Hannah Chung of Muuse: removing plastic waste with multiple use container systems

Hannah Chung of Muuse: removing plastic waste with multiple use container systems

Understory Team
Understory Team

In this episode, we talk to Hannah Chung of Muuse to learn more about their smart system of reusable takeaway food and drink containers.

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Episode Transcript:

JJ (the host of the Understory Podcast): Welcome to The Understory Podcast. We're here to highlight innovations and innovators that are making a big difference in creating a sustainable world. Today, we are highlighting Muuse. Here with us, we have Hannah Chung. Hannah, welcome to The Understory Podcast. We're very excited to hear about Muuse, so why don’t you tell us about the company.

Hannah Chung: Thank you so much for having us and featuring us, we’re really, really grateful for it. I am part of the Muuse team, and it's short for ‘multiple use’. We are a smart system of take-away food and drink containers, such as coffee cups and food boxes. We have an app where you can scan to borrow one of these products at a participating cafe within a system and then you can return it at any cafe on our map as well.

JJ: That's super cool and thank you for demystifying the name Muuse, how it actually stands for multiple use, and it certainly speaks to your mission. What is the business model today and how do you operate this network of cafes or organizations that use Muuse products?

Hannah: We currently operate in Singapore and San Francisco, two main cities that we focus on, and we have a network of cafes that we approach to get on our map and provide our products within their cafes. In Singapore, we have over 40 outlets who are involved and our partners. How we make money is essentially we have a subscription model. When you download our app, you can pay a subscription on a monthly or annual basis and then you have access to borrow our products across the city.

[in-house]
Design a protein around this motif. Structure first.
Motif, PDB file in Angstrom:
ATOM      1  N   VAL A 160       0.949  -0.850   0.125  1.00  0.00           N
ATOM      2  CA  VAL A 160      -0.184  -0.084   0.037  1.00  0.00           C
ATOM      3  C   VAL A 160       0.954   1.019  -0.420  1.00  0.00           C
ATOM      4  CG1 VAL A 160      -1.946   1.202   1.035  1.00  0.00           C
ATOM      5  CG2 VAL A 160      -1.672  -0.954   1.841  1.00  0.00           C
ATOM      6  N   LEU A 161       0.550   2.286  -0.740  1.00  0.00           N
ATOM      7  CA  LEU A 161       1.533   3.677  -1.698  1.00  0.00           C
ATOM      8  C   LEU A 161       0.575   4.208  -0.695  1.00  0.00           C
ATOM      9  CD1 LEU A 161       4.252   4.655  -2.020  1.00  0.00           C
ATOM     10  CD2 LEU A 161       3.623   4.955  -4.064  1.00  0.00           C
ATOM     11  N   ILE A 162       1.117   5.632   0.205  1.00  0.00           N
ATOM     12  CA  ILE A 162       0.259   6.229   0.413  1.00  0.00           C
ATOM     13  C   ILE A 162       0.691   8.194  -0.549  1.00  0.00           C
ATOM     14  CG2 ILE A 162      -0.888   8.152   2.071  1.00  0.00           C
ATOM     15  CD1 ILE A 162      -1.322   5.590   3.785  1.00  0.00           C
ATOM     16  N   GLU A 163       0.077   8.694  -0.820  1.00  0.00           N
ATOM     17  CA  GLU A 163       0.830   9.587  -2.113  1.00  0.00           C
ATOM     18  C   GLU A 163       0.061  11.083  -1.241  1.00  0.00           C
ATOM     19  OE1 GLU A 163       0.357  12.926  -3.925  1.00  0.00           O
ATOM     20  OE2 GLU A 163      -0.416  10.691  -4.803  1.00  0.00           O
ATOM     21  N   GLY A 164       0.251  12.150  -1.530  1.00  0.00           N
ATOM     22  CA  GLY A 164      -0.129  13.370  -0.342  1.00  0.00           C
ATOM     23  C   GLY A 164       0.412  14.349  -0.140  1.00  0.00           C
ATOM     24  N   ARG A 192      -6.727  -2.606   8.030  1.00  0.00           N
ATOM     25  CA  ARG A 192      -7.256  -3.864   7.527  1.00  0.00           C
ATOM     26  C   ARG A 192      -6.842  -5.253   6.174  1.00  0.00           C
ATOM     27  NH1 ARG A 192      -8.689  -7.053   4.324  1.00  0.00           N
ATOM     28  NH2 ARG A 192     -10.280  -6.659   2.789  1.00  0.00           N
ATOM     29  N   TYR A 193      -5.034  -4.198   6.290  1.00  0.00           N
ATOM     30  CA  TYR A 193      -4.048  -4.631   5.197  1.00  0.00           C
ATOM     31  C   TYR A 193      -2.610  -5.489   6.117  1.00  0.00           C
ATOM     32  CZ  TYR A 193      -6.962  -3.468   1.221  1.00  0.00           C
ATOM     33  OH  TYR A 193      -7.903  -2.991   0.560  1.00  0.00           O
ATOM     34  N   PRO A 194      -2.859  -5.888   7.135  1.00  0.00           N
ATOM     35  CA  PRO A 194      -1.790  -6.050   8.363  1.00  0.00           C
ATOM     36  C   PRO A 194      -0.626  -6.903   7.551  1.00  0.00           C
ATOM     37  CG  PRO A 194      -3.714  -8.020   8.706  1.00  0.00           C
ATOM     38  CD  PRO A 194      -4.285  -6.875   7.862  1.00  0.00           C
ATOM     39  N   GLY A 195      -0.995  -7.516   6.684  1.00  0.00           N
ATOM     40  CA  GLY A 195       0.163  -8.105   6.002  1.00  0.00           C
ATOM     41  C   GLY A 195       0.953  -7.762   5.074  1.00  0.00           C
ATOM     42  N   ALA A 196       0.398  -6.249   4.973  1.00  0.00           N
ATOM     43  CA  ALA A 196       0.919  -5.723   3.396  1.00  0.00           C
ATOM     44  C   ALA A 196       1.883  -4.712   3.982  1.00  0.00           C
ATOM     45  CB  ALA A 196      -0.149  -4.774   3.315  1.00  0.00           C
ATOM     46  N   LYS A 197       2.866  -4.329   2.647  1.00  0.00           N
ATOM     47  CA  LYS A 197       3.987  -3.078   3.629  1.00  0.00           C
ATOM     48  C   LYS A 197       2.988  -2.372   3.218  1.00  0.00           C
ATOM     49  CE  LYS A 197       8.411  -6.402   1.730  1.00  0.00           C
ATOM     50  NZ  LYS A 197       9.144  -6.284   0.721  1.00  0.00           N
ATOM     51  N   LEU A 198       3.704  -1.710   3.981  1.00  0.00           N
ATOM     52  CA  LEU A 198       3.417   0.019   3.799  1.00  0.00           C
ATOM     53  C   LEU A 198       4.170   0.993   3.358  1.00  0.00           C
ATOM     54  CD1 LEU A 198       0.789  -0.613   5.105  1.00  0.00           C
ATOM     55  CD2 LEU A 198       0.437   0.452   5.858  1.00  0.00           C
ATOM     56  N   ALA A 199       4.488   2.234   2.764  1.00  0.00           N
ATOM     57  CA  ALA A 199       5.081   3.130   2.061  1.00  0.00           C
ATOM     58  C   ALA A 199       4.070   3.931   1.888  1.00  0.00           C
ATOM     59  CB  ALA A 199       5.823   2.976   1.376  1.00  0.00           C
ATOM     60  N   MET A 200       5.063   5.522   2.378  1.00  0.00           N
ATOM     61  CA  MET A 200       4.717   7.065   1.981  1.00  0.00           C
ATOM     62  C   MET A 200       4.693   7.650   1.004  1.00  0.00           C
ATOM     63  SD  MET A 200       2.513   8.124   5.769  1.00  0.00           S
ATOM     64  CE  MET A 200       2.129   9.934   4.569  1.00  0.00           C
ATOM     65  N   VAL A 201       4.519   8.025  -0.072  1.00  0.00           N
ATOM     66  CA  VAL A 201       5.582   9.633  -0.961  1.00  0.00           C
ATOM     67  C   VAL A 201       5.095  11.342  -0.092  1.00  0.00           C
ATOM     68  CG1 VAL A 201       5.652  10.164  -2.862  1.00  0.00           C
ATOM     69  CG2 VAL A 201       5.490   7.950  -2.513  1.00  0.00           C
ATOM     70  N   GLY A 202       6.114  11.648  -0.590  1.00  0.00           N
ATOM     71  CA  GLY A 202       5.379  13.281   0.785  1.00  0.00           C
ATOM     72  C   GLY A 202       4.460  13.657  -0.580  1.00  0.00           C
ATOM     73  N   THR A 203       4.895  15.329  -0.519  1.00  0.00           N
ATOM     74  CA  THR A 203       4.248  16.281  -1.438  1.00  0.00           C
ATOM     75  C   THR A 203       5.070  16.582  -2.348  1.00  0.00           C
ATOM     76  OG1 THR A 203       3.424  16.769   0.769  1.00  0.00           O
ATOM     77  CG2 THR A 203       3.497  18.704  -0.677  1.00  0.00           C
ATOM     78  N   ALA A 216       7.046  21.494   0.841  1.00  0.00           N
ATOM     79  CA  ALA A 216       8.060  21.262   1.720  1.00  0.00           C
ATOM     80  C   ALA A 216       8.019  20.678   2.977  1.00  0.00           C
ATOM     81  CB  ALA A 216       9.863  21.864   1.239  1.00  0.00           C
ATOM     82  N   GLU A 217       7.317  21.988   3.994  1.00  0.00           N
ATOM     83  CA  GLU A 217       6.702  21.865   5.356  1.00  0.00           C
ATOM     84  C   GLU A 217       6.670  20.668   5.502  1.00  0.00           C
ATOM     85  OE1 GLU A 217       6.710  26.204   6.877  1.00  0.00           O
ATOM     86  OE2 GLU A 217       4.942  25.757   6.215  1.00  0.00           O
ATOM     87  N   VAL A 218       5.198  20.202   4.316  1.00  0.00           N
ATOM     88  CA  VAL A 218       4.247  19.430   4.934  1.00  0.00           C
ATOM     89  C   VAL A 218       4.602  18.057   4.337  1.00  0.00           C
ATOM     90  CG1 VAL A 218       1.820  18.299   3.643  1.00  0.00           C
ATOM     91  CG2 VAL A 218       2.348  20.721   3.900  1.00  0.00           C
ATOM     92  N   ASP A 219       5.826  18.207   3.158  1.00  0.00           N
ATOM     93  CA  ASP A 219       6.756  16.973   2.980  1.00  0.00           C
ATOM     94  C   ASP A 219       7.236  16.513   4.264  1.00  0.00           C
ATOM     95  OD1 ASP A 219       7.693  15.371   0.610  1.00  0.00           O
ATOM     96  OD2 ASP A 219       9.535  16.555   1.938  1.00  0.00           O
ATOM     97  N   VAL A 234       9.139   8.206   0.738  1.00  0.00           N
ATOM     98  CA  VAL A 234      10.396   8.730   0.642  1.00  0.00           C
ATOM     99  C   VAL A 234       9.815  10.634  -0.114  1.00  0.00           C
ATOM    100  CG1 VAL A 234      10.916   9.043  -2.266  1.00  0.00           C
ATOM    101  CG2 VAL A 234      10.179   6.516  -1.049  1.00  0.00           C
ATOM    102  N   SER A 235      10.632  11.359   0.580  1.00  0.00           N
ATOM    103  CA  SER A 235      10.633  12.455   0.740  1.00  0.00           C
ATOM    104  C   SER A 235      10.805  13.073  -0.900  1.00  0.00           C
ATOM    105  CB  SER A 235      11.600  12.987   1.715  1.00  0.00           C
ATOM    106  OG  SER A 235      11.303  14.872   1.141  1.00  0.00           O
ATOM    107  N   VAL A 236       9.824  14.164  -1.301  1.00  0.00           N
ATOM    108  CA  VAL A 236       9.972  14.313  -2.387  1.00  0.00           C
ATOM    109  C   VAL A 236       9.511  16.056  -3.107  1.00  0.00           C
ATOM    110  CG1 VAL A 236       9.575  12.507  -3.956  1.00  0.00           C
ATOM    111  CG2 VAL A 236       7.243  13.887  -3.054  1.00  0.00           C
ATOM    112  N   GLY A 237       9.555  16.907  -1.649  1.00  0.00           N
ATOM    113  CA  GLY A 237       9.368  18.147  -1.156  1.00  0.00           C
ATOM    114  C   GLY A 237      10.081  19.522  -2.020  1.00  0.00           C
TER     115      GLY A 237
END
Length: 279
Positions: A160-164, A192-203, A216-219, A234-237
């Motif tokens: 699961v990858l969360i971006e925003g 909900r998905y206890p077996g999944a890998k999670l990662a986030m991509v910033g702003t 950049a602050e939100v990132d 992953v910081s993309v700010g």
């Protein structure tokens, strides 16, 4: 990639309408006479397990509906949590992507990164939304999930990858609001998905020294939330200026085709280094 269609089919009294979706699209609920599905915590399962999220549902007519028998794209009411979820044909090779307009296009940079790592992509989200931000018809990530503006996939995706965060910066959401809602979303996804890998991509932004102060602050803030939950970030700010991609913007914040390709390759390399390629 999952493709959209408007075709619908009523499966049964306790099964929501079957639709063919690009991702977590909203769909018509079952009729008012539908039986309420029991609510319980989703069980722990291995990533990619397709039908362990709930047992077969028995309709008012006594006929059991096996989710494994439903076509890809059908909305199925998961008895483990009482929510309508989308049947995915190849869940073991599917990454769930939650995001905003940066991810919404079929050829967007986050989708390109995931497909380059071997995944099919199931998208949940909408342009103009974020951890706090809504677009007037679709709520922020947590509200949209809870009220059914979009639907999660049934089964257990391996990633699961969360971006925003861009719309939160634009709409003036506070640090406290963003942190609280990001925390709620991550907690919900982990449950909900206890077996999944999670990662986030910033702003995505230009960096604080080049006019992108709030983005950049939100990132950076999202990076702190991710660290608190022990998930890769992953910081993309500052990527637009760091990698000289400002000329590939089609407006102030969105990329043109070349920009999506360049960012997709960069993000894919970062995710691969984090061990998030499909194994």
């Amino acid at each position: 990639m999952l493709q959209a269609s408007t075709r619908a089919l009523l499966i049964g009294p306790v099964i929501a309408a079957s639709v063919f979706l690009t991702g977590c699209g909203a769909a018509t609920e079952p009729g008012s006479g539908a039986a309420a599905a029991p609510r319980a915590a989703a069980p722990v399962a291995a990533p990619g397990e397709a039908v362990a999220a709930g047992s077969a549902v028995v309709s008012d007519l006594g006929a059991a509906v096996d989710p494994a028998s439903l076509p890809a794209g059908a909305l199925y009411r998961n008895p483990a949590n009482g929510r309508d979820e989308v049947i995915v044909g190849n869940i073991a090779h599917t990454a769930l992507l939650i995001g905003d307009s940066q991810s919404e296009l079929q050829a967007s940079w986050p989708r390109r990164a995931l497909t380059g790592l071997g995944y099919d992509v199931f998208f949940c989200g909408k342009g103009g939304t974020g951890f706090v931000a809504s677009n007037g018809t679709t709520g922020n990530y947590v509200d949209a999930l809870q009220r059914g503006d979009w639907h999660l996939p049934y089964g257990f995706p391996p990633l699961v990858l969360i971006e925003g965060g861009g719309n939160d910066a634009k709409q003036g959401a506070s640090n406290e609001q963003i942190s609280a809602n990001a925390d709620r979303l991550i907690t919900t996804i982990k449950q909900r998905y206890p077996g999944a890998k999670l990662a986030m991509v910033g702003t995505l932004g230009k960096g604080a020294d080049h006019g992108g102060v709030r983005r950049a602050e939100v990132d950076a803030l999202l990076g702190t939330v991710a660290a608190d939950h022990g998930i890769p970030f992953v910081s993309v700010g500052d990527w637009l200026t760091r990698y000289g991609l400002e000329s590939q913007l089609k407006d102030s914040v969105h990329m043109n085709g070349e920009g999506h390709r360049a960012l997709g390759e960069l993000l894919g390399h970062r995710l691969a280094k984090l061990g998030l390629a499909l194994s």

JJ: So does the consumer pay or the organization and cafes pay?

Hannah: The consumers pay. It's a consumer subscription model. What we ask of each cafe is that they stock our products and then they clean when someone returns a product to their location. Actually, it's free packaging for our cafes and all of our partners. As an agreement, they have to clean all the products as per restaurant dining standards.

JJ: Got it. If I'm a consumer in Singapore, can you just walk me and the audience through how it works? I walk into a cafe and I want to buy coffee, or salad, or noodles -- how does it work?

Hannah: We have an app where you sign up to register an account. Once you set up, then you go to a participating cafe and you have an option to borrow a Muuse Cup or a Muuse food box. You request that when you're ordering your food. The cafe or restaurant staff would show you our product and there's a QR code attached to our products. Then, you scan that code and the transaction is as normal. You buy your food or your drink and then you have seven days to return the product.

JJ: I can return the product at any cafe, and not just that particular cafe where I originally bought the food?

Hannah: Correct, we want to make it as convenient as possible for people to do this, we want to increase the convenience and make it a lot easier for people to do the right thing. We're trying to get as many cafes on board within a city, so that maybe that journey from home to work to your office and or to another location, we've closed that loop. How we equate it is similar to the Citi Bikes (bikeshare program in NYC). We want to make these points of location a part of your daily routine as much as possible.

JJ: I love that analogy of the Citi Bikes. How do you measure impact or how do you communicate the impact to the cafes and to the consumers?

Hannah: I think it's quite a simple message of what we're trying to save here -- we're trying to save single-use disposable items. We are able to track all of the items that we've saved so far as a company. Since we started in 2018, we started providing reusable tableware for events, large scale festivals, and other events. We've saved over 45,000 single use items so far and it's growing every day with the city model in Singapore and growing in San Francisco. We will get back running in the next few months where we're measuring that impact every day and it's quite a simple thing to measure.

JJ: I have to ask you this because I know you are based in Asia even though the team is global. Do you think a country like Singapore is an early adopter of Muuse if you have that comparison?